QUOTE=vapour;269263]yeah, margarine is made up of a lot of water and will not make a decent crust at all. my stand by recipe for pies and quiche:

2 cups all purpose flour
1 tsp salt
pinch sugar
1 cup unsalted butter, diced and frozen
1/3 cup (more or less) ice water

blitz dry ingredients in food processor. add frozen butter and blitz again till the biggest pieces of butter are the size of peas. i now dump this mix into a bowl and finish by hand. slowly add ice water and mix until the dough doesnt crumble into sand once you press it together.

at this point, it will still be somewhat falling apart, but you need to press it together and put it in the fridge wrapped for at least 30 mins before rolling.

margarine doesn't have a place in the pastry kitchen, there are no benefits to using it. if you're making a quiche, make a proper quiche, and the result will be much more satisfying :)[/QUOTE]


I'm such a novice that I just didn't want to downsize the recipe I found in my CIA prof. Book. But they have a recipe for Quiche Lorraine.

I DO actually know French, and quite well, but that's another story. I'll take a look at the pate brisée later.
Joined Feb 13, 2008
Well, whatever "Vapour" uses she uses; and I'm not about to say she's wrong even though her recipe doesn't seem like an ideal utility crust.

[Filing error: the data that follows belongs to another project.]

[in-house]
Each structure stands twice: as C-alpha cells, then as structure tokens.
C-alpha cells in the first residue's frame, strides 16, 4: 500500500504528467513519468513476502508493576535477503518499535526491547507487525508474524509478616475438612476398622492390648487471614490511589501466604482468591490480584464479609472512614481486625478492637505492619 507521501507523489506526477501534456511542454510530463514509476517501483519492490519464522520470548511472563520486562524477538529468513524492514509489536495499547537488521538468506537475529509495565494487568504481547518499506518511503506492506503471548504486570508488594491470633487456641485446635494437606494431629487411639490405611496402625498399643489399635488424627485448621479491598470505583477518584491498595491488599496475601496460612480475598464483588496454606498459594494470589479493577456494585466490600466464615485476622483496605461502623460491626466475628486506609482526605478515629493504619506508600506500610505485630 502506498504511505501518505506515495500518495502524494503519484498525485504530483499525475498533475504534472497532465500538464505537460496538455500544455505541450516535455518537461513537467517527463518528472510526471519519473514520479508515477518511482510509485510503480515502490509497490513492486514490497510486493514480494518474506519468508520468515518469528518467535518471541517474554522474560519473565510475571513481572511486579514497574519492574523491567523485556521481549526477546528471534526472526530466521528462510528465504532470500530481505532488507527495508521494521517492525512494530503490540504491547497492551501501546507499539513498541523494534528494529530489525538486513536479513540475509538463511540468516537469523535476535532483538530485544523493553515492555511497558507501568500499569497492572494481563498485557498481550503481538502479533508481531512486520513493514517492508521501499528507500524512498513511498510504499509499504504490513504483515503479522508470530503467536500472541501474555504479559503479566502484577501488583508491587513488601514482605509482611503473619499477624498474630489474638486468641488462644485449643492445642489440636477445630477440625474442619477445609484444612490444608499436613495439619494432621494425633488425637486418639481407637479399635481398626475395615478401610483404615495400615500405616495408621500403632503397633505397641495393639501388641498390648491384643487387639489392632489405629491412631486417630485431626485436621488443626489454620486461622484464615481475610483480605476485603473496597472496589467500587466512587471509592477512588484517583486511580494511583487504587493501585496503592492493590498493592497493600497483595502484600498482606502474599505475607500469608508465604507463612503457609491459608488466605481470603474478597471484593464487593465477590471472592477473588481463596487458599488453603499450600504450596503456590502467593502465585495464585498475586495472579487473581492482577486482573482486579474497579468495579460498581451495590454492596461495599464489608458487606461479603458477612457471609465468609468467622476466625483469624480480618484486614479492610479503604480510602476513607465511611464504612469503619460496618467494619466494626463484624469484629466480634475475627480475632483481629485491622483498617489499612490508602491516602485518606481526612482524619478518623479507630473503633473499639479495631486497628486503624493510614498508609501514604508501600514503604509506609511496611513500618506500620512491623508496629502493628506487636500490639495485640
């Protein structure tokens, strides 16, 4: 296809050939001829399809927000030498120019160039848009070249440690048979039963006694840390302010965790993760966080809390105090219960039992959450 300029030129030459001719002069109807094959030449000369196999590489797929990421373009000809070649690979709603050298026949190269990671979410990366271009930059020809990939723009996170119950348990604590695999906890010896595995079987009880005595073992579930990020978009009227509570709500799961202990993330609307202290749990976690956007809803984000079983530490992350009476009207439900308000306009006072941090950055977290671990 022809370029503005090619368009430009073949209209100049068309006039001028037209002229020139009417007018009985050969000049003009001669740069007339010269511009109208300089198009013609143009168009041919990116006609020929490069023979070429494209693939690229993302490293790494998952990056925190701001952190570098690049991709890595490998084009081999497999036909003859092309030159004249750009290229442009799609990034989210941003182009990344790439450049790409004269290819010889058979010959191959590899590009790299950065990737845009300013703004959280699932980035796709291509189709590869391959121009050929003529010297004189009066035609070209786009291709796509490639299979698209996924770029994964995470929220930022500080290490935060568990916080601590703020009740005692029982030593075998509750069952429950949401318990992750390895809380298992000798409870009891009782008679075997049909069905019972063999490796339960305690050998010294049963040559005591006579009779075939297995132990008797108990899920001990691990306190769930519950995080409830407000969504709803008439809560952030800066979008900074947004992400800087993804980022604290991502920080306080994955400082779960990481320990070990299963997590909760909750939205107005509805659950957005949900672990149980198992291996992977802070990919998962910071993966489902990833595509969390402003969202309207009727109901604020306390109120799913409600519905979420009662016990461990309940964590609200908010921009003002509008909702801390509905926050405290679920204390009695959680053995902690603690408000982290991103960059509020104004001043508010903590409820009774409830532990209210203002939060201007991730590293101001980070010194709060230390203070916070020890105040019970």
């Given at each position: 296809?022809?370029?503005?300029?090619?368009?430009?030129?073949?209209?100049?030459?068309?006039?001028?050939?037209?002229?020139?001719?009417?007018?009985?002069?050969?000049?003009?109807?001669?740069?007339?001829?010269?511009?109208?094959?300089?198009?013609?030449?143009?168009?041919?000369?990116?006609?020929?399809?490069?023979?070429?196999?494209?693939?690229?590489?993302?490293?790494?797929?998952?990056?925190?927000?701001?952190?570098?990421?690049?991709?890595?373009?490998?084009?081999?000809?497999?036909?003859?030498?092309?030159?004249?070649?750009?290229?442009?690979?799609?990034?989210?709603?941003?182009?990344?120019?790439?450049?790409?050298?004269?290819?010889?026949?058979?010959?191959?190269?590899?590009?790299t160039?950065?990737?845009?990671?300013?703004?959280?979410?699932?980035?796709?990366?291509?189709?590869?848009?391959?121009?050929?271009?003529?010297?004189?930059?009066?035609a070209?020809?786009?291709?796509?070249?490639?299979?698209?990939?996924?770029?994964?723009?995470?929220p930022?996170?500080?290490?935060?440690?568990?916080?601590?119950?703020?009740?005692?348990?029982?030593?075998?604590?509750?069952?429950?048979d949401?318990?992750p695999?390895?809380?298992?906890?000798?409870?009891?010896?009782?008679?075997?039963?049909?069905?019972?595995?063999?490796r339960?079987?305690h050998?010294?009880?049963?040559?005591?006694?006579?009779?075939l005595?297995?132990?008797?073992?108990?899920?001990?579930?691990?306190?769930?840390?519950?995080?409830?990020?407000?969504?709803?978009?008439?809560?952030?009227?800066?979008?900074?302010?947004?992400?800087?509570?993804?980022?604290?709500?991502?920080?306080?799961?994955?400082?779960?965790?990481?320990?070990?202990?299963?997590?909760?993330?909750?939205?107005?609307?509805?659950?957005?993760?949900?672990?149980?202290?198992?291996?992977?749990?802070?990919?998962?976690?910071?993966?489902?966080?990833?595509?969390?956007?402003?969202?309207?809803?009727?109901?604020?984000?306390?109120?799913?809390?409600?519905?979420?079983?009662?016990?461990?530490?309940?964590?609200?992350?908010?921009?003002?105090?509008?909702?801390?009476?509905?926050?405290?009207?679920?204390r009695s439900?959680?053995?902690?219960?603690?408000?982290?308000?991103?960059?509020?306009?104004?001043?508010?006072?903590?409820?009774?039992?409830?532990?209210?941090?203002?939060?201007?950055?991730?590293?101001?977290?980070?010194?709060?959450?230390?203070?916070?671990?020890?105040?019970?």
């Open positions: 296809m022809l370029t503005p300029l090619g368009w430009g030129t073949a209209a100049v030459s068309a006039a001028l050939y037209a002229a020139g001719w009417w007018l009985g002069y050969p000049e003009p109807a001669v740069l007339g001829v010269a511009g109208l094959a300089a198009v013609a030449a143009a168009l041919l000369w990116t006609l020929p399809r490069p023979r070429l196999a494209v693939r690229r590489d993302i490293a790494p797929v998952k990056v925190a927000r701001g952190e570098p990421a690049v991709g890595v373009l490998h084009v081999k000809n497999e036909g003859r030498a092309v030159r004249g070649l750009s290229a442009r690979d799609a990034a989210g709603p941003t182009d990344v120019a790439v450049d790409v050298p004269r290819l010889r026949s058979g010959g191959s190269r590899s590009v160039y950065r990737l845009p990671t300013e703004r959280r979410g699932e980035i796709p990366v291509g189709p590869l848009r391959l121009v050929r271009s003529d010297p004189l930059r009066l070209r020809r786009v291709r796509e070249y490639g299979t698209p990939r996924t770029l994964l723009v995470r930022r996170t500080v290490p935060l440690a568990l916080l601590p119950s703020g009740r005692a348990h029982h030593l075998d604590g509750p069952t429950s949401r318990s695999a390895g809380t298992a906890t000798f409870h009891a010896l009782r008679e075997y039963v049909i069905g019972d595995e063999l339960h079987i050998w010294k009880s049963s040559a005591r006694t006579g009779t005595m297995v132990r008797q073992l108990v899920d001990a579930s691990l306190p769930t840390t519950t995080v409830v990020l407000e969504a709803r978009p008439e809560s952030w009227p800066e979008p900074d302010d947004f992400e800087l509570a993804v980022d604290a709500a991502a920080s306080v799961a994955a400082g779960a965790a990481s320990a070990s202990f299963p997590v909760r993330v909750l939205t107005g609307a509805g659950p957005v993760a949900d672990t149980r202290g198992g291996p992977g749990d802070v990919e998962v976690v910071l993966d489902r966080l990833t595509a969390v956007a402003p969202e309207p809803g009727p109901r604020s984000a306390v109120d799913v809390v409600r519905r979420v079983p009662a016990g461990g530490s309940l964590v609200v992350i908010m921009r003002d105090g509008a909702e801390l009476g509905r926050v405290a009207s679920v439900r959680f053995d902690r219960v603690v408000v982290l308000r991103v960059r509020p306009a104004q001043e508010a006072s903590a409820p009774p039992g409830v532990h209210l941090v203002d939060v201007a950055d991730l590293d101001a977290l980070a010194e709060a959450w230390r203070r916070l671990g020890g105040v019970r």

Of course there are a lot of variations for regular, "flaky" pie crusts, but there's also a middle of the road standard formula which works for nearly everything. You'll see it in nearly every recipe you look at. And that's 3 volumes of flour for every volume of fat. In terms of weight, that's roughly 1-1/2 weights of flour per 1 weight of fat -- whatever the units -- whether grams ounces or carats, it makes no difference. These flaky crusts aren't uniquely American, but they're more typical with us; so you'll more often see the measurements expressed in terms of volume than weight.

Tart (including quiche) doughs are made to stand alone outside of the shell, which requires them be tougher than an American pie. Consequently, there's almost always a relatively higher proportion of flour to fat than in those tender pie doughs. As we already established, that's roughly 2 flour per 1 fat by weight, and about 4 flour to 1 fat by volume.

When it comes to sweet tarts, there are other possibilities besides pate brisee. The sugar in pate sucree strengthens the structure even more relative to a pate brisee, and crispis it too. While the very high proportion of fat (something like Vapour's recipe) makes a pate sablee very tender and crumbly.

I'm not sure that you get better information by looking at French online resources, but they do tend to be a lot more consistent than those in English -- which gives you a strong sense of both the fountainhead and the mainstream.

Joined Jul 2, 2008
Thank you BDL, I'll do some looking at a better crust, this ended up very oily indeed, although good, but there was too much shrinkage anyway.

thank you for your input. Bonne soirée:smiles: